March 22, 1797 - March 9, 1888: Age 90
The first Kaiser Wilhelm lived to be 90; if he had died sooner, the history of Europe and, indeed, the world, might have been very different.
Wilhelm began life as a prince, the younger son of King Friedrich Wilhelm III of Prussia. His brother inherited the crown in 1840 but was incapacitated by a stroke in 1857 dying a few years later. Thus Wilhelm found himself King of Prussia and, in 1862, appointed Otto von Bismarck prime minister, with a mandate to implement the conservative politics he favoured.
Bismarck was a genius whose life's ambition was to unify the German states into a world superpower, and in less than a decade he had succeeded completely, using fear of socialism and hatred for the French as goads to consolidate Wilhelm's power. Wilhelm became the first German Emperor in 1870.
Wilhelm was extremely conservative, and the German state was effectively a military regime in which the acquisition and maintenance of superior armies was paraamount. His son, Crown Prince Friedrich, dreamed of modernizing the German state, creating a (relatively) liberal society modeled on the British Empire. He was greatly influenced by his wife, the daughter of Queen Victoria, an intelligent and passionate liberal. He opposed Bismarck's politics of fear, but since Bismarck ruled through his father, it seemed it was only a matter of time before Friedrich would ascend the throne and begin to realize his dream.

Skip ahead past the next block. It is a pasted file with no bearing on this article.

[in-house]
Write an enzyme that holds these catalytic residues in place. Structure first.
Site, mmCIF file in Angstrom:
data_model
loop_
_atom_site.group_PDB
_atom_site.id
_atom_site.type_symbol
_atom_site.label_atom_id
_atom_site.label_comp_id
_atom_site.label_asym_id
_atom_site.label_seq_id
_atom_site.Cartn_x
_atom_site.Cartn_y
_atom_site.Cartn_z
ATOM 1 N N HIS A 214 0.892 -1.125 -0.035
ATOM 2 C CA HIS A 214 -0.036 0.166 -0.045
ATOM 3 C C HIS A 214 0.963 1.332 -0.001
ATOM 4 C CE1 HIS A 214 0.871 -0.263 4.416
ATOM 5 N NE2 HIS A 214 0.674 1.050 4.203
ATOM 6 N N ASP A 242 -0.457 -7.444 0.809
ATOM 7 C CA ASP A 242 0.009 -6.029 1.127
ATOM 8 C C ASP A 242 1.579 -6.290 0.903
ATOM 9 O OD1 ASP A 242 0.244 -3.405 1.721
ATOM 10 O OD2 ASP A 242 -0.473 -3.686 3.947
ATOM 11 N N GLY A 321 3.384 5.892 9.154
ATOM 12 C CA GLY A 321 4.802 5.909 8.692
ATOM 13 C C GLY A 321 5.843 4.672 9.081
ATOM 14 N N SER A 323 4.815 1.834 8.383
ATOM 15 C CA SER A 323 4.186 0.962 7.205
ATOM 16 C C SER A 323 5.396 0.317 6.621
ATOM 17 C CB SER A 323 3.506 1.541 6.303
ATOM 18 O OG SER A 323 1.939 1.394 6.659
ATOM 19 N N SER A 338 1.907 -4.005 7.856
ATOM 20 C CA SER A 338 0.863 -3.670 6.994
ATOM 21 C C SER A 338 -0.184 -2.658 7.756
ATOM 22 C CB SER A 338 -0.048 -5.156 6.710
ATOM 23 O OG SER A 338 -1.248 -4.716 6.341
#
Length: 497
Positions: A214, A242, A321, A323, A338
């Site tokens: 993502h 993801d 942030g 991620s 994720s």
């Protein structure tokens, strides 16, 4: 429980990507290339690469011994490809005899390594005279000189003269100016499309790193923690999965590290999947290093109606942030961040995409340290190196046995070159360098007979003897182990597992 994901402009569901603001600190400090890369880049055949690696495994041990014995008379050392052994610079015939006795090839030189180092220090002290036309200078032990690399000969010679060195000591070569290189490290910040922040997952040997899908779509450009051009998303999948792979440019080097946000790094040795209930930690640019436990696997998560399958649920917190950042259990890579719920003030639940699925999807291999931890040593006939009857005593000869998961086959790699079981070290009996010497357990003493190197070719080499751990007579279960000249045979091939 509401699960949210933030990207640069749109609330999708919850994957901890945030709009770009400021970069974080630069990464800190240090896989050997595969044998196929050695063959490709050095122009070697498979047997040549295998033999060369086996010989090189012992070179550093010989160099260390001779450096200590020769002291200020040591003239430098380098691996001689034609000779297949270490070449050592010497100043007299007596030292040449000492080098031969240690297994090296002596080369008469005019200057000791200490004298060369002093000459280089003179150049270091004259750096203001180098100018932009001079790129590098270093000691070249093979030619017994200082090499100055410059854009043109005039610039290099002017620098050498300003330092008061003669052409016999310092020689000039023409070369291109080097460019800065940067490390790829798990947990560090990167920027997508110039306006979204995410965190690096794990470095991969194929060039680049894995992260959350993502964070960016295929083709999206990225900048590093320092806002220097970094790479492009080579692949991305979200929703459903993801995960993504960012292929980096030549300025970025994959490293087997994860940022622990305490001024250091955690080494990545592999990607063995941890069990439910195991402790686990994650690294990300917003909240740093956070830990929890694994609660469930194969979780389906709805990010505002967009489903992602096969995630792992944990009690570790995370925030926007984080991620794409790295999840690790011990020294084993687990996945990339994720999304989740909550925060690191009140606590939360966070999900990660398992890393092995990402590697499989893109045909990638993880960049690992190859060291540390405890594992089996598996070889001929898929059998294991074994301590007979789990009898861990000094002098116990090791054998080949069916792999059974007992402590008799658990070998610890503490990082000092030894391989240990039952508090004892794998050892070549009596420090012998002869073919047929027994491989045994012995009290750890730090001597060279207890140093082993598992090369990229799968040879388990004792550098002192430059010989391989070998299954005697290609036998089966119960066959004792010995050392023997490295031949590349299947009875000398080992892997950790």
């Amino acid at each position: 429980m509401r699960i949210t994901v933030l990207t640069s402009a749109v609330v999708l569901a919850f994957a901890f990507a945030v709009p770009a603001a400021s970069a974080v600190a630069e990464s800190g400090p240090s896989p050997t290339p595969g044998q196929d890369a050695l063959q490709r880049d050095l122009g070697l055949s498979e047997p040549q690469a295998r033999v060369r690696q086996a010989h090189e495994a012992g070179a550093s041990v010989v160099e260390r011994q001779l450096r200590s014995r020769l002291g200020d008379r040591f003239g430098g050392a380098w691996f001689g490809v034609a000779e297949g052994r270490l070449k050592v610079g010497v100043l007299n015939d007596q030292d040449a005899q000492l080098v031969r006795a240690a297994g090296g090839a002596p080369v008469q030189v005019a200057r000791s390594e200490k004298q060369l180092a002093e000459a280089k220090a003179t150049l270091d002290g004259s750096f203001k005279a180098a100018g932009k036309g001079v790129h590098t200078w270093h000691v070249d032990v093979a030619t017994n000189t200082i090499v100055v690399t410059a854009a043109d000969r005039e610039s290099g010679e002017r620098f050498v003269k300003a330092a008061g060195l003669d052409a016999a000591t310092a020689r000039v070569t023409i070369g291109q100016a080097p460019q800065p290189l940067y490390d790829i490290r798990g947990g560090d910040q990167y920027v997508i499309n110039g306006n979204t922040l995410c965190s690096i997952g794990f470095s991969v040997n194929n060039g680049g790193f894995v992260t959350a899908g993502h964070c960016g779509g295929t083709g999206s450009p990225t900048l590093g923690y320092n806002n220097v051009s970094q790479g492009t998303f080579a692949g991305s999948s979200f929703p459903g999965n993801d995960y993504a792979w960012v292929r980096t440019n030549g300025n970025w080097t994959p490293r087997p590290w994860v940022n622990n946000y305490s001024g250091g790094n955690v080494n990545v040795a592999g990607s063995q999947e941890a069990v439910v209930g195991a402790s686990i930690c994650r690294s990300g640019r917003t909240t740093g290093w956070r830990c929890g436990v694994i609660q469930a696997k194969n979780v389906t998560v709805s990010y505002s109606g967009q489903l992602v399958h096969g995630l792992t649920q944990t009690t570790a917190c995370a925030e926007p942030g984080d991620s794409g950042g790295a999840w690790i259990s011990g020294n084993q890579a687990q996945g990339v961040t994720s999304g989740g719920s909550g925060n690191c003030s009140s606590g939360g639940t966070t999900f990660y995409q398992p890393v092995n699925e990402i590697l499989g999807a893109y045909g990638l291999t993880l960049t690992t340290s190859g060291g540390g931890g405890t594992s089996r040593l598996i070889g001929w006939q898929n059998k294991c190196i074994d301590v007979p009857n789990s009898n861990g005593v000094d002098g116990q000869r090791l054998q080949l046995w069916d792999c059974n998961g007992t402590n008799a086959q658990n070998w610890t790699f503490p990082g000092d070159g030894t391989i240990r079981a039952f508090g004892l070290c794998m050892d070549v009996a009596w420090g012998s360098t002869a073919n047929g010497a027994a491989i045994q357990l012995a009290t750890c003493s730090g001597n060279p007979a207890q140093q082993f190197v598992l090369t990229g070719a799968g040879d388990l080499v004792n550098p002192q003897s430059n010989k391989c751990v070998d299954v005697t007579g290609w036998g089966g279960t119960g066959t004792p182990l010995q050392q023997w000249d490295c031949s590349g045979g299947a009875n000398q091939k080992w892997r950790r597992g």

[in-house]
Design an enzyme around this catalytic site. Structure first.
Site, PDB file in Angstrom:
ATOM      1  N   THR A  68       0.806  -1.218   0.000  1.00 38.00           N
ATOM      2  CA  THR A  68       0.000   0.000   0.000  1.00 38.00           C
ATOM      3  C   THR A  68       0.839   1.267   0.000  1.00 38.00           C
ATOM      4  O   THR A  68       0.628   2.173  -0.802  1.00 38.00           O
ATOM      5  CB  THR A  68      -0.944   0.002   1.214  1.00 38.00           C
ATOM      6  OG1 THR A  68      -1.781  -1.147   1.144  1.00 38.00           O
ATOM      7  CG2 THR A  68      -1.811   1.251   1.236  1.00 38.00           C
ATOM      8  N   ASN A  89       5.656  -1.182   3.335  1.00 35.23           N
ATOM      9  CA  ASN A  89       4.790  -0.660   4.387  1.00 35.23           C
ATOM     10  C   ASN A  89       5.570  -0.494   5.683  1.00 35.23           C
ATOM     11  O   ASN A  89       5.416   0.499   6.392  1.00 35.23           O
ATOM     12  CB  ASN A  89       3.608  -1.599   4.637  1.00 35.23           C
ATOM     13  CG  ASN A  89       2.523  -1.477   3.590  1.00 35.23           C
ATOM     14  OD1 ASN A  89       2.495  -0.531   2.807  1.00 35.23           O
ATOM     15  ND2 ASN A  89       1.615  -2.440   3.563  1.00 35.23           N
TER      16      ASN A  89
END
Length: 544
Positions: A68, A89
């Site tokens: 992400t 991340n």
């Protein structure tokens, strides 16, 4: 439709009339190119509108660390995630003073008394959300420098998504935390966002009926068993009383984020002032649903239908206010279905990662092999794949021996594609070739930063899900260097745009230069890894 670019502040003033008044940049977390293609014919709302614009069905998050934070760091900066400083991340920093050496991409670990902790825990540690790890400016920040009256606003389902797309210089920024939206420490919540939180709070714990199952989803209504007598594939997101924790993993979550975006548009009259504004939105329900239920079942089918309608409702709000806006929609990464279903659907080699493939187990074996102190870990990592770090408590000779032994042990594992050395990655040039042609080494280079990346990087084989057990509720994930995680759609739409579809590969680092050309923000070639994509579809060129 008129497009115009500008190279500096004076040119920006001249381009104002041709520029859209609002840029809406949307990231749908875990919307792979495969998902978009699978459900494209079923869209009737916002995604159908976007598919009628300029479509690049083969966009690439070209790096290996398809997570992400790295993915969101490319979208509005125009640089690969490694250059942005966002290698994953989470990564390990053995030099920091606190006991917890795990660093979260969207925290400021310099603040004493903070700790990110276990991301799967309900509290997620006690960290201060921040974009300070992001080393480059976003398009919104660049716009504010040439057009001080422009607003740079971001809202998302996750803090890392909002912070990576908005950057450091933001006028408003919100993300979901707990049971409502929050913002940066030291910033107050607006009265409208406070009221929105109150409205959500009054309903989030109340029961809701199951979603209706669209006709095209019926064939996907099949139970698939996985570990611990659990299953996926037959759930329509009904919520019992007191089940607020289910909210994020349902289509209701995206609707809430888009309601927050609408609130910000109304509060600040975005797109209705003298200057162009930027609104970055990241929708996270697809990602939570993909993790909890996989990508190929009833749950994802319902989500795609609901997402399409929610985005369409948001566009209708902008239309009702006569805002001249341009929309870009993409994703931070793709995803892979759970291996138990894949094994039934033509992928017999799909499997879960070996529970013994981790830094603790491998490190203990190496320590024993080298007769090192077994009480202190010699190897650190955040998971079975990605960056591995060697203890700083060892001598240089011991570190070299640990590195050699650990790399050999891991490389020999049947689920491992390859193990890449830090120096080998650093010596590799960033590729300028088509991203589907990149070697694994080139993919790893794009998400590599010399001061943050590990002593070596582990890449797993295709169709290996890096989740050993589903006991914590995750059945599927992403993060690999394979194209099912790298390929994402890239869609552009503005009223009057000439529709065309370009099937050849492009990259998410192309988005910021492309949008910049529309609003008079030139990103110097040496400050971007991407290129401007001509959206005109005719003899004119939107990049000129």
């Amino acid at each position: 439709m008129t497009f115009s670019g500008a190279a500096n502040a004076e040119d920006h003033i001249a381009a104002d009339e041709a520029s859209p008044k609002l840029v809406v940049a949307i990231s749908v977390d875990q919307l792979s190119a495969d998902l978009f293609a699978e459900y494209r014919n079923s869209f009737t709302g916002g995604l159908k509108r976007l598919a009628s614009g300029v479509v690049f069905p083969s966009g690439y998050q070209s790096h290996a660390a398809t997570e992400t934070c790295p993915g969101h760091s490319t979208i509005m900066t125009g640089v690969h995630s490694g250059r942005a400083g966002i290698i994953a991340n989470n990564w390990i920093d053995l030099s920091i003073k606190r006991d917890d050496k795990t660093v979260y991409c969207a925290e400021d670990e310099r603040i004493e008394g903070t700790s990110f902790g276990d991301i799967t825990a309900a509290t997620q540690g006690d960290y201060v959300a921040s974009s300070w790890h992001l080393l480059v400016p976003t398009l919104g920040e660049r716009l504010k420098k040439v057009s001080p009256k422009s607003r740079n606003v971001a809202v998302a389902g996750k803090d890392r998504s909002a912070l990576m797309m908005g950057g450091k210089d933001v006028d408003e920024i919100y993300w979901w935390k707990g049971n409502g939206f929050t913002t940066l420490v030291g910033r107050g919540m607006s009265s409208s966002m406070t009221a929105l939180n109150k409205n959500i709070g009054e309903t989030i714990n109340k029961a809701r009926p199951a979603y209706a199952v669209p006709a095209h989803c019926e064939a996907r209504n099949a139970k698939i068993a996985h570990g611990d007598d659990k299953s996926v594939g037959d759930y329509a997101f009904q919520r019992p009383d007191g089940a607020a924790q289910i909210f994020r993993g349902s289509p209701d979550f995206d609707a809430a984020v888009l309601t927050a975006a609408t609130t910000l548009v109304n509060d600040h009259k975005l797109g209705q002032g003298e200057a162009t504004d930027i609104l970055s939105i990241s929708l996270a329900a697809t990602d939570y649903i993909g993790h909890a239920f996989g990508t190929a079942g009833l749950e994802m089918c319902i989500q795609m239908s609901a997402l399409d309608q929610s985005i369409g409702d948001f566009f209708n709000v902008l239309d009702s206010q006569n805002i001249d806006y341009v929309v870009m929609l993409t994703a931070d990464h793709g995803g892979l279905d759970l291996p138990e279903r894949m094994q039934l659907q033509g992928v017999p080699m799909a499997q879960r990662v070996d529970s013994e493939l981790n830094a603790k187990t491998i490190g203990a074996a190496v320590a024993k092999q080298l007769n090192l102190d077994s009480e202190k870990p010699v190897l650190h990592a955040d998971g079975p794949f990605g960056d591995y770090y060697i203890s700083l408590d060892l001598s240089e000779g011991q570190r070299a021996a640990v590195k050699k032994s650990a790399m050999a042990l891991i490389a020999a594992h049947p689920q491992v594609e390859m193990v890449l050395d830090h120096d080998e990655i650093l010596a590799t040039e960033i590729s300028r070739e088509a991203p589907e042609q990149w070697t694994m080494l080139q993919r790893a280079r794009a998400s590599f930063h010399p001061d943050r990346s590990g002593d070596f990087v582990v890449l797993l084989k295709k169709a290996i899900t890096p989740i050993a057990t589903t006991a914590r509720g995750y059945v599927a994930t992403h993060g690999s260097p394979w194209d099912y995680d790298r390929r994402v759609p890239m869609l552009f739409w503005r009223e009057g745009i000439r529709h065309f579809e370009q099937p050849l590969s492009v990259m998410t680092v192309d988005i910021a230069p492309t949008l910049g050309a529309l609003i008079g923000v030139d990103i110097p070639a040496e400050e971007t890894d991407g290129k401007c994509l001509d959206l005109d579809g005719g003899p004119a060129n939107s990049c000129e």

Wilhelm, however, lived on. And on. He became confused and weak in his old age, giving Bismarck complete liberty to aggressively pursue his reactionary policies. Moreover Bismarck, with a keen eye to the future, was actively cultivating the esteem of Friedrich's son, the future Wilhelm II. He played on tensions between father and son in both generations, wisely making no attempt to appease Friedrich while manipulating the elder Wilhelm and seducing the younger one.
Bismarck's bet paid off: by the time Wilhelm finally died at age 90, Friedrich was already dying of cancer. He ruled for just 99 days, and was succeeded by a young, brash, aggressive Wilhelm II.
Bismarck anticipated that his influence over the throne could thus continue unabated, but in the end Wilhelm's megalomania pushed him beyond even Bismarck's reach. Although the causes of World War I are complex, there is no doubt that the aggressive and often foolish policies of Wilhelm II were a very big factor in pushing Europe into a state of total war.